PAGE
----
Editor’s Note: The following review is as part of our coverage of the 2021 South by Southwest Film Festival. Stay tuned for further reviews straight outta Austin — well, virtually, of course. Below, Rachel Reeves checks out the new rock doc on Poly Styrene.
The Pitch: Marianne Elliott-Said, aka Poly Styrene, is a punk rock icon. She was the first woman of color to front a successful UK punk band. She defied stereotypes and inspired countless women to do the same. She was also a highly flawed individual who struggled with mental health issues, a misogynistic industry, her personal identity and relationships. She was all of these things and so much more.
Now, years after her passing, Styrene’s daughter Celeste Bell and co-director Paul Sng have released an incredibly personal tribute to the famous X-Ray Spex frontwoman. Told through archival footage, diary entries read by Ruth Negga, insightful talking head interviews, and, most notably, through Bell herself, Poly Styrene: I Am a Cliché offers a rare look at the woman behind the famous moniker.
My Mother Was A Punk Rock Icon: When Poly Styrene passed in 2011 due to breast cancer, Bell was left with more than just grief. As Styrene’s only child, Bell became the de facto cultural custodian of her mother’s hefty legacy. Openly admitting the overwhelming nature inherent in the task, Bell beautifully sets the stage for a journey that balances the dual identity that comes with celebrity status. Using her 2019 book Dayglo! The Poly Styrene Story as a guide, Bell’s brutally honest commentary adds a level of intimacy rarely seen in music documentaries. Notably devoid of traditional hero worship sentiments, Bell becomes the doc’s anchor while simultaneously providing an unprecedented look at Poly Styrene the mother, the woman and yes, the punk rock icon.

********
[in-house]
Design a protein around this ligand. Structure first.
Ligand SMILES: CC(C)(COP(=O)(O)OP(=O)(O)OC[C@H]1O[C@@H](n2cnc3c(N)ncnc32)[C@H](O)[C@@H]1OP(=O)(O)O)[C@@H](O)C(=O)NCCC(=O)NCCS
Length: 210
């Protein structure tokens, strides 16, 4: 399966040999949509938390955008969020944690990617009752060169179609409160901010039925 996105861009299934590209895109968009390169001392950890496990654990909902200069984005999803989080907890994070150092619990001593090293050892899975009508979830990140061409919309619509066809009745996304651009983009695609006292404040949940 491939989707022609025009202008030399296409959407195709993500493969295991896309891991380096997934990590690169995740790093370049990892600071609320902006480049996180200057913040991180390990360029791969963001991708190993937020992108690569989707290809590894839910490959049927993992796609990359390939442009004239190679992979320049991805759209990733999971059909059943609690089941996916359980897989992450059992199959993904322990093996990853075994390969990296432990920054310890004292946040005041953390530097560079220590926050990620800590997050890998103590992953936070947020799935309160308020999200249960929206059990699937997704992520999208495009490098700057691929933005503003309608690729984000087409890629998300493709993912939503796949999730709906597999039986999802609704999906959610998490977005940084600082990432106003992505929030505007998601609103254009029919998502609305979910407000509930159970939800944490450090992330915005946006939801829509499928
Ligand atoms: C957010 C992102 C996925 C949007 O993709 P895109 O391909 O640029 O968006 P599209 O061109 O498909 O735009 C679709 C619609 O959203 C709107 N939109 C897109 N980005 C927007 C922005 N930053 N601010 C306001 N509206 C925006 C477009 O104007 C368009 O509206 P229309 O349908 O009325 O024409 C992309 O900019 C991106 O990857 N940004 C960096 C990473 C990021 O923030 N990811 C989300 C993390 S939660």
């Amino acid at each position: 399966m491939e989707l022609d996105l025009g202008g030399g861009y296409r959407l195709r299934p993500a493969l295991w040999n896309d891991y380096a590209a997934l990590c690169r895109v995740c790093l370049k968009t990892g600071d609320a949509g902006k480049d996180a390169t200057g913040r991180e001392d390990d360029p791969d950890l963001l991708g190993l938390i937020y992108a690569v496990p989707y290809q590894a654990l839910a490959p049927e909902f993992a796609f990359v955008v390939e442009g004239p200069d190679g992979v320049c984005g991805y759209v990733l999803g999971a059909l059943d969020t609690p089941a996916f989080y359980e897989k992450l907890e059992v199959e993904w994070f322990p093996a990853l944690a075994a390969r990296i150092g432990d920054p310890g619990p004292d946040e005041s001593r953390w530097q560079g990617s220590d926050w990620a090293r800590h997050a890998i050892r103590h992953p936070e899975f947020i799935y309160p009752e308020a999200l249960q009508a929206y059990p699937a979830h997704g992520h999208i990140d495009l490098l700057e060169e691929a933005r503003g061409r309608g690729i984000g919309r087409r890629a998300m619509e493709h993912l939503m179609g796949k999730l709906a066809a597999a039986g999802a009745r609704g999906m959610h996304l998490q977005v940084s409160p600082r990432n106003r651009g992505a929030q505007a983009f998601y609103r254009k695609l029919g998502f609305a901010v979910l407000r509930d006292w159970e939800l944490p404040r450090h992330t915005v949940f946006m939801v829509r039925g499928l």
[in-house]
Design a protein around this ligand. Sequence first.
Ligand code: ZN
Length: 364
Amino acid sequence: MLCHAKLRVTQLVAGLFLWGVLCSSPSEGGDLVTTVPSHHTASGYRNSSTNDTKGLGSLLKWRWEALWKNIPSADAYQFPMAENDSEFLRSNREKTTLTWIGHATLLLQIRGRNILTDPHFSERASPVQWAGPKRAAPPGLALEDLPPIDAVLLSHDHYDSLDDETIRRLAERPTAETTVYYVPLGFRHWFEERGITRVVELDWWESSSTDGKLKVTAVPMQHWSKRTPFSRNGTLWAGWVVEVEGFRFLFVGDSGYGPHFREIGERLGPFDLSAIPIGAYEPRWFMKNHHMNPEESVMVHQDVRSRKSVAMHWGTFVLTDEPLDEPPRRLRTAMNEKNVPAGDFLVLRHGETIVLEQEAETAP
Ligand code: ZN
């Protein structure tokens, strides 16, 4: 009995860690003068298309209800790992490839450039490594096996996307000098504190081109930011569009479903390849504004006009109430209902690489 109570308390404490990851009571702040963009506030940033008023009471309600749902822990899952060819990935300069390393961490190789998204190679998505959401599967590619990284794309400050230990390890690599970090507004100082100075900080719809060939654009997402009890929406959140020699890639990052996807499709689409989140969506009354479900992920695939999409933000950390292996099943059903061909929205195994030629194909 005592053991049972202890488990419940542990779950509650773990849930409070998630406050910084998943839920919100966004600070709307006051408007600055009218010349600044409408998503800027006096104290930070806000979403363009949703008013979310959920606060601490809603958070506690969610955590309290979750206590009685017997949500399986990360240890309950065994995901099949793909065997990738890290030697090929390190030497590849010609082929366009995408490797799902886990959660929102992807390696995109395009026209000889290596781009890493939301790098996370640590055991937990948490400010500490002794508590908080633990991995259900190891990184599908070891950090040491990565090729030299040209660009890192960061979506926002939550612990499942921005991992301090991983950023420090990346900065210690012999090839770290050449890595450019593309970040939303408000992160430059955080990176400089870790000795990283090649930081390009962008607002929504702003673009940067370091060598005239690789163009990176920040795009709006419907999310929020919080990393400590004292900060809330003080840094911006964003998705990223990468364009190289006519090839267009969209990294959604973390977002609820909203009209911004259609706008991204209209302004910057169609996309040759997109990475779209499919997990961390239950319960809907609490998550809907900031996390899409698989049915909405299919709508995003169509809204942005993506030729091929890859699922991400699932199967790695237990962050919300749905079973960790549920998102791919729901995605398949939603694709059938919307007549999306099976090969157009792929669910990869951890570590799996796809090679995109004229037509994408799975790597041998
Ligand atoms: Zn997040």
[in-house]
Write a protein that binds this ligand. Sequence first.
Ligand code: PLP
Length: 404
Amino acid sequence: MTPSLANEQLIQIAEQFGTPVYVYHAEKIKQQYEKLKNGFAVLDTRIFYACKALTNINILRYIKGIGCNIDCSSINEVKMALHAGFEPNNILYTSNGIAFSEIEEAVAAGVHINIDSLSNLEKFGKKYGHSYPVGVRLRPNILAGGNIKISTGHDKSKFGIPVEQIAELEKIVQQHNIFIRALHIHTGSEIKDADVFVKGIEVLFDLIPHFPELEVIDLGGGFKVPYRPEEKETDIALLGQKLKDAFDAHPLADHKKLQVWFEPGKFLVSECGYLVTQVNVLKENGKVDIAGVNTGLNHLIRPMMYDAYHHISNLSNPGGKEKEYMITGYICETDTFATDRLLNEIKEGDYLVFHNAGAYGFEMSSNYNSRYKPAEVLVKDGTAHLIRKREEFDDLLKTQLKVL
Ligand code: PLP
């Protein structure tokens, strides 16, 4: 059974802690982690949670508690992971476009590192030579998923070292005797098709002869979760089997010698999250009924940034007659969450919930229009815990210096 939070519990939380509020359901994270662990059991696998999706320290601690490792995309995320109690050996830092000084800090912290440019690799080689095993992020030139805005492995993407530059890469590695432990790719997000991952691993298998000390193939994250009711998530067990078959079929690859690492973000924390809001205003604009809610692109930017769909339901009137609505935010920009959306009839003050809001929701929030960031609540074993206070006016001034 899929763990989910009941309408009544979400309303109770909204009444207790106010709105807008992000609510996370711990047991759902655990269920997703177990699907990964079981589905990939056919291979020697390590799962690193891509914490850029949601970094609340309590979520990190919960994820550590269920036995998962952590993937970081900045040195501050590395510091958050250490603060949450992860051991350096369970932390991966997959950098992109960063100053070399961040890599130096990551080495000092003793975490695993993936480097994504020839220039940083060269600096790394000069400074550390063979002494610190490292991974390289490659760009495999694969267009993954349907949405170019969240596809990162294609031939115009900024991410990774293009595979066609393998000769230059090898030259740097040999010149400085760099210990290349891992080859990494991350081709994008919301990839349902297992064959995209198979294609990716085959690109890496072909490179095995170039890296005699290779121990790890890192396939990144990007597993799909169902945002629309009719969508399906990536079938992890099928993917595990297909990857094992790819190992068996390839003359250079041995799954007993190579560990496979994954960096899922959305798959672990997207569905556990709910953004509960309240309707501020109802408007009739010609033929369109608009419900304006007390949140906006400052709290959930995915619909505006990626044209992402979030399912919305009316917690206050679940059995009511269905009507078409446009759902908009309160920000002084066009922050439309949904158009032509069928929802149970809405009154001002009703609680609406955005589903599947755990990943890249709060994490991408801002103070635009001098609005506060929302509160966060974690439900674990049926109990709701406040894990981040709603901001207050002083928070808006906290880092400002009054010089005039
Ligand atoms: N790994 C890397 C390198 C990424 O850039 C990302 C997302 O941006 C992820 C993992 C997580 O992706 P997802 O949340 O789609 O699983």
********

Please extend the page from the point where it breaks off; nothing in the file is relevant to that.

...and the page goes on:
Identity Is The Crisis: Growing up in London as a mixed race child from Afro-Somali descent, Styrene long dealt with issues of racism and personal identity. Never truly feeling at home or accepted within her community, Styrene began to carefully carve out her own place in the world. Beautifully revealed through her writings, Styrene’s inquisitive and observant nature deeply influenced her art and the woman she would soon become. Inspired by the punk rock lifestyle, the outsider community it created and the Sex Pistols, Styrene formed a band and adopted her new name to reflect the plastic, disposable nature of pop stars. Finally, she had found a place where she not only felt accepted, but welcomed.
Quickly captivating audiences with her DIY style, insightful lyrics, and the sax heavy X-Ray Spex sound, the band surfed the rising tide of punk rock popularity and the burgeoning commercialization surrounding it. Young, intelligent and strikingly authentic, Styrene quickly became the focus of mainstream attention. Comments on her weight, braces, hair, and skin color became non-stop and pointed. While Bell and contributors like Neneh Cherry, Kathleen Hanna, Rhoda Dakar, and Thurston Moore are quick to point out the positive impacts Styrene’s mainstream presence had, they also acknowledge the immense toll stardom inflicted upon her personally.